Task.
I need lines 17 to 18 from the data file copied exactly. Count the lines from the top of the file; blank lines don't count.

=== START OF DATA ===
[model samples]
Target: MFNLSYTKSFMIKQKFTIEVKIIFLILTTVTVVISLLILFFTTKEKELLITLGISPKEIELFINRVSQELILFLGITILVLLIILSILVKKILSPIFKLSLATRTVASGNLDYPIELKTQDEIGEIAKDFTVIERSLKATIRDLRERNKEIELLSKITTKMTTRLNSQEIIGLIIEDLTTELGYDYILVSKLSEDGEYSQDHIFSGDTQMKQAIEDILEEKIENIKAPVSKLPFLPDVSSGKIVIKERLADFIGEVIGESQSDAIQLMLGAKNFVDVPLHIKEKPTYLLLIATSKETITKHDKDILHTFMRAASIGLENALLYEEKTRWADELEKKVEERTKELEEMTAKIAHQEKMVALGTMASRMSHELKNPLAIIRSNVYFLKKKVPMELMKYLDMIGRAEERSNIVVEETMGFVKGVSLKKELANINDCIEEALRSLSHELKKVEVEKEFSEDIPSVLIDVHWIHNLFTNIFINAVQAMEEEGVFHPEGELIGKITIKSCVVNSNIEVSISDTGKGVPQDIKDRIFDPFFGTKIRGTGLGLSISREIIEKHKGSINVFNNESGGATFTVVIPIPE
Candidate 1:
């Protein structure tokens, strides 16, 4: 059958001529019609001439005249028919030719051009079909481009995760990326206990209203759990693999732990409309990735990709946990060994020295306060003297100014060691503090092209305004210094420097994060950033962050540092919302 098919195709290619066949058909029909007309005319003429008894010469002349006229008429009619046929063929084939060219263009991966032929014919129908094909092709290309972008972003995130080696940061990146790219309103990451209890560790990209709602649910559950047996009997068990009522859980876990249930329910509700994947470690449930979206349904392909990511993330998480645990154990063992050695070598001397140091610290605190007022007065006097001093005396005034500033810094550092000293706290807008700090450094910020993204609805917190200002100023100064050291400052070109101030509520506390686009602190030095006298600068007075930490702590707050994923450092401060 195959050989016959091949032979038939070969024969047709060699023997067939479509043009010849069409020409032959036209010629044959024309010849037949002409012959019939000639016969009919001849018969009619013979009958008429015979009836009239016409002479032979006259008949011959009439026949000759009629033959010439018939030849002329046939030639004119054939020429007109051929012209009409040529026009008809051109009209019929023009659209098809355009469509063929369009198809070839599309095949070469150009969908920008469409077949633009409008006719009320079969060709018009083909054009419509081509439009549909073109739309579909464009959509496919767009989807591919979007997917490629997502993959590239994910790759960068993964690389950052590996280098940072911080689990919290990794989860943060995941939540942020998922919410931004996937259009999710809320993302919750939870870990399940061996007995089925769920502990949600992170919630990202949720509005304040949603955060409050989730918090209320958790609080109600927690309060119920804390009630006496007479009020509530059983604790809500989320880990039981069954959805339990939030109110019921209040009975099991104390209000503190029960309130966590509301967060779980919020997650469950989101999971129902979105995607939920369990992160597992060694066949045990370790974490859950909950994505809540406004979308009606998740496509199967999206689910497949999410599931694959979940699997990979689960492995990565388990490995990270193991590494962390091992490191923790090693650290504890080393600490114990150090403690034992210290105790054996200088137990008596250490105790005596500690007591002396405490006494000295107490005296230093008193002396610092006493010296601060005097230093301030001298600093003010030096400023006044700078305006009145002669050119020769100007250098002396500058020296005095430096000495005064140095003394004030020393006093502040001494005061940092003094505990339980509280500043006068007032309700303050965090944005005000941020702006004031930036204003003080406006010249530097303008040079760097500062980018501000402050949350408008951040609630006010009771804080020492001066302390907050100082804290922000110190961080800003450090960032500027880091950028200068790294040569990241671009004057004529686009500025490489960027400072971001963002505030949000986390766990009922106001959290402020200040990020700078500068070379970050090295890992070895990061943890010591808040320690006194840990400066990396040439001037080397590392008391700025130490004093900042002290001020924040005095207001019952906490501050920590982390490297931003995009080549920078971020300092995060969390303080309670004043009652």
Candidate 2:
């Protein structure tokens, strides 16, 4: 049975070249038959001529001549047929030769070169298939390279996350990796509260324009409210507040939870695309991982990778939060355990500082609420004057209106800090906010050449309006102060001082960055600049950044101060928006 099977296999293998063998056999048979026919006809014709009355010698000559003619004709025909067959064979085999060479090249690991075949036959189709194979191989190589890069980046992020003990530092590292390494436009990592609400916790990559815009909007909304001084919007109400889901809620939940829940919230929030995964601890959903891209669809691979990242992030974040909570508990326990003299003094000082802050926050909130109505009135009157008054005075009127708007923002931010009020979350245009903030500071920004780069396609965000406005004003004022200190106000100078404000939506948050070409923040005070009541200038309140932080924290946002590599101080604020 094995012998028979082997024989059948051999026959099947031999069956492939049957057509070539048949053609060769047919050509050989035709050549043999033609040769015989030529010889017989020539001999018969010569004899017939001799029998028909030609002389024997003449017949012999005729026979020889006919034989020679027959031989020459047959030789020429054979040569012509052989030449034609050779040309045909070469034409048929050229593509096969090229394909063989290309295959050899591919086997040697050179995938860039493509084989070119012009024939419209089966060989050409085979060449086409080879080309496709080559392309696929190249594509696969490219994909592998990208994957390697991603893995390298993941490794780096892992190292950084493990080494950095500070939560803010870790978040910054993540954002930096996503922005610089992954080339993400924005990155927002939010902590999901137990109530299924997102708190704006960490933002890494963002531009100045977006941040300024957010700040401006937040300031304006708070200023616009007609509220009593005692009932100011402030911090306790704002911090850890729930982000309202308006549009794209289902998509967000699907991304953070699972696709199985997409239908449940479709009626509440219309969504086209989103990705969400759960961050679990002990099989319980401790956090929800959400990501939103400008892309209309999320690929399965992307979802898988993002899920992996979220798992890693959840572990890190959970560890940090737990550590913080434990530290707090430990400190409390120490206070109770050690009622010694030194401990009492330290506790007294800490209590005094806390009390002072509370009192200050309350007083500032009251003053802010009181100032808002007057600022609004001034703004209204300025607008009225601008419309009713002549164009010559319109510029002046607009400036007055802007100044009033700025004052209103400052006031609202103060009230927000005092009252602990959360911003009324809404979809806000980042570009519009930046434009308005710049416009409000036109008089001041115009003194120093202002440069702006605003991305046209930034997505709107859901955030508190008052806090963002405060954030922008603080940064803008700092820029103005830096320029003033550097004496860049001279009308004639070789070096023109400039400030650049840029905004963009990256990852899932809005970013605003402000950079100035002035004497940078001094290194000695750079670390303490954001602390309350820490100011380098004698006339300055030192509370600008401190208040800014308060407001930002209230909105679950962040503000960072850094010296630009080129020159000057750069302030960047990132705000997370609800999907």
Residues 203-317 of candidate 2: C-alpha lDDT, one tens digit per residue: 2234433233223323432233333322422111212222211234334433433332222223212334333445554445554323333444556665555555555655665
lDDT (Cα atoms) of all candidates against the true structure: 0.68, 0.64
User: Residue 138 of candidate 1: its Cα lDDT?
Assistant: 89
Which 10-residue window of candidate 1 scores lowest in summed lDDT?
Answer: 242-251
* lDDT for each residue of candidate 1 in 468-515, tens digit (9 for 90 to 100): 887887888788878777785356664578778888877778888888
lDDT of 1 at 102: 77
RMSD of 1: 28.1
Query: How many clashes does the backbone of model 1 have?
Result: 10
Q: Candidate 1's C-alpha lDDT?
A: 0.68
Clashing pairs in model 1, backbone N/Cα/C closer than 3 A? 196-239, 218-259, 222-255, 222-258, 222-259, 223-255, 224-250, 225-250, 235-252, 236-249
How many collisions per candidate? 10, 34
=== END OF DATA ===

Result: 10
Q: Candidate 1's C-alpha lDDT?